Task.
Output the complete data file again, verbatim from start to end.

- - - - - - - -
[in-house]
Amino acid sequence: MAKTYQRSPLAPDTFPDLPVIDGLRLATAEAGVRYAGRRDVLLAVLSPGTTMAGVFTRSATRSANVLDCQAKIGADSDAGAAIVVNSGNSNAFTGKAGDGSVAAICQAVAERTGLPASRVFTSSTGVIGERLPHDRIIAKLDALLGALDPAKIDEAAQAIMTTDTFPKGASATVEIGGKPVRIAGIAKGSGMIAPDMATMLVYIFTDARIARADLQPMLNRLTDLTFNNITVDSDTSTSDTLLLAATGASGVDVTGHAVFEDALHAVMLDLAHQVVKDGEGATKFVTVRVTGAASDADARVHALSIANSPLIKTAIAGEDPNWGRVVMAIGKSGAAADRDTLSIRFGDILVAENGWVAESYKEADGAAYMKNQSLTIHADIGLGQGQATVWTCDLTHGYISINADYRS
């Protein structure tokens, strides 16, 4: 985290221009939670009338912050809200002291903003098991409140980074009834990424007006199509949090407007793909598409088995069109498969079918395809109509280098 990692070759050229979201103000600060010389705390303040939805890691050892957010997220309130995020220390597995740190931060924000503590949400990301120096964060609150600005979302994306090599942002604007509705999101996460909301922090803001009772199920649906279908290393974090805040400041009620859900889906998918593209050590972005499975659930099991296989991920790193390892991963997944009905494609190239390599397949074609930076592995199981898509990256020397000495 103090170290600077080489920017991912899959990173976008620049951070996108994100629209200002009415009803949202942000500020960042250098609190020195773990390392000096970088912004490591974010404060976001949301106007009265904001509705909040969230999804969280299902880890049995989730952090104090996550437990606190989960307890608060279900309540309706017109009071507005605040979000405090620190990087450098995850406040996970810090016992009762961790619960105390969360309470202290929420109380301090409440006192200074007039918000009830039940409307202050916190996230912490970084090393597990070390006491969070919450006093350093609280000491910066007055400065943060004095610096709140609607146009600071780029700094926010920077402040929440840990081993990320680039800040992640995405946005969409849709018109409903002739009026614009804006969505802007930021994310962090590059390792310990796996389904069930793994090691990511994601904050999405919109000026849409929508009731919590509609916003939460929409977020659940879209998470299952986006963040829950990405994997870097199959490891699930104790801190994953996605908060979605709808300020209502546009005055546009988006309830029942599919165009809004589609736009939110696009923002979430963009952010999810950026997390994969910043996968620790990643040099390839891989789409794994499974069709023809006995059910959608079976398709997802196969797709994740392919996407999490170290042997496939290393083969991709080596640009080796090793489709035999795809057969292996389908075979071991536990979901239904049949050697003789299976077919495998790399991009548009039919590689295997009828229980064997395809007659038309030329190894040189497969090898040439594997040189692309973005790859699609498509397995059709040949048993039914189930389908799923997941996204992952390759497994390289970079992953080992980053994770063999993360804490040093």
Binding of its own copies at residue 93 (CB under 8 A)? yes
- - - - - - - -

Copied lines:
[in-house]
Amino acid sequence: MAKTYQRSPLAPDTFPDLPVIDGLRLATAEAGVRYAGRRDVLLAVLSPGTTMAGVFTRSATRSANVLDCQAKIGADSDAGAAIVVNSGNSNAFTGKAGDGSVAAICQAVAERTGLPASRVFTSSTGVIGERLPHDRIIAKLDALLGALDPAKIDEAAQAIMTTDTFPKGASATVEIGGKPVRIAGIAKGSGMIAPDMATMLVYIFTDARIARADLQPMLNRLTDLTFNNITVDSDTSTSDTLLLAATGASGVDVTGHAVFEDALHAVMLDLAHQVVKDGEGATKFVTVRVTGAASDADARVHALSIANSPLIKTAIAGEDPNWGRVVMAIGKSGAAADRDTLSIRFGDILVAENGWVAESYKEADGAAYMKNQSLTIHADIGLGQGQATVWTCDLTHGYISINADYRS
């Protein structure tokens, strides 16, 4: 985290221009939670009338912050809200002291903003098991409140980074009834990424007006199509949090407007793909598409088995069109498969079918395809109509280098 990692070759050229979201103000600060010389705390303040939805890691050892957010997220309130995020220390597995740190931060924000503590949400990301120096964060609150600005979302994306090599942002604007509705999101996460909301922090803001009772199920649906279908290393974090805040400041009620859900889906998918593209050590972005499975659930099991296989991920790193390892991963997944009905494609190239390599397949074609930076592995199981898509990256020397000495 103090170290600077080489920017991912899959990173976008620049951070996108994100629209200002009415009803949202942000500020960042250098609190020195773990390392000096970088912004490591974010404060976001949301106007009265904001509705909040969230999804969280299902880890049995989730952090104090996550437990606190989960307890608060279900309540309706017109009071507005605040979000405090620190990087450098995850406040996970810090016992009762961790619960105390969360309470202290929420109380301090409440006192200074007039918000009830039940409307202050916190996230912490970084090393597990070390006491969070919450006093350093609280000491910066007055400065943060004095610096709140609607146009600071780029700094926010920077402040929440840990081993990320680039800040992640995405946005969409849709018109409903002739009026614009804006969505802007930021994310962090590059390792310990796996389904069930793994090691990511994601904050999405919109000026849409929508009731919590509609916003939460929409977020659940879209998470299952986006963040829950990405994997870097199959490891699930104790801190994953996605908060979605709808300020209502546009005055546009988006309830029942599919165009809004589609736009939110696009923002979430963009952010999810950026997390994969910043996968620790990643040099390839891989789409794994499974069709023809006995059910959608079976398709997802196969797709994740392919996407999490170290042997496939290393083969991709080596640009080796090793489709035999795809057969292996389908075979071991536990979901239904049949050697003789299976077919495998790399991009548009039919590689295997009828229980064997395809007659038309030329190894040189497969090898040439594997040189692309973005790859699609498509397995059709040949048993039914189930389908799923997941996204992952390759497994390289970079992953080992980053994770063999993360804490040093």
Binding of its own copies at residue 93 (CB under 8 A)? yes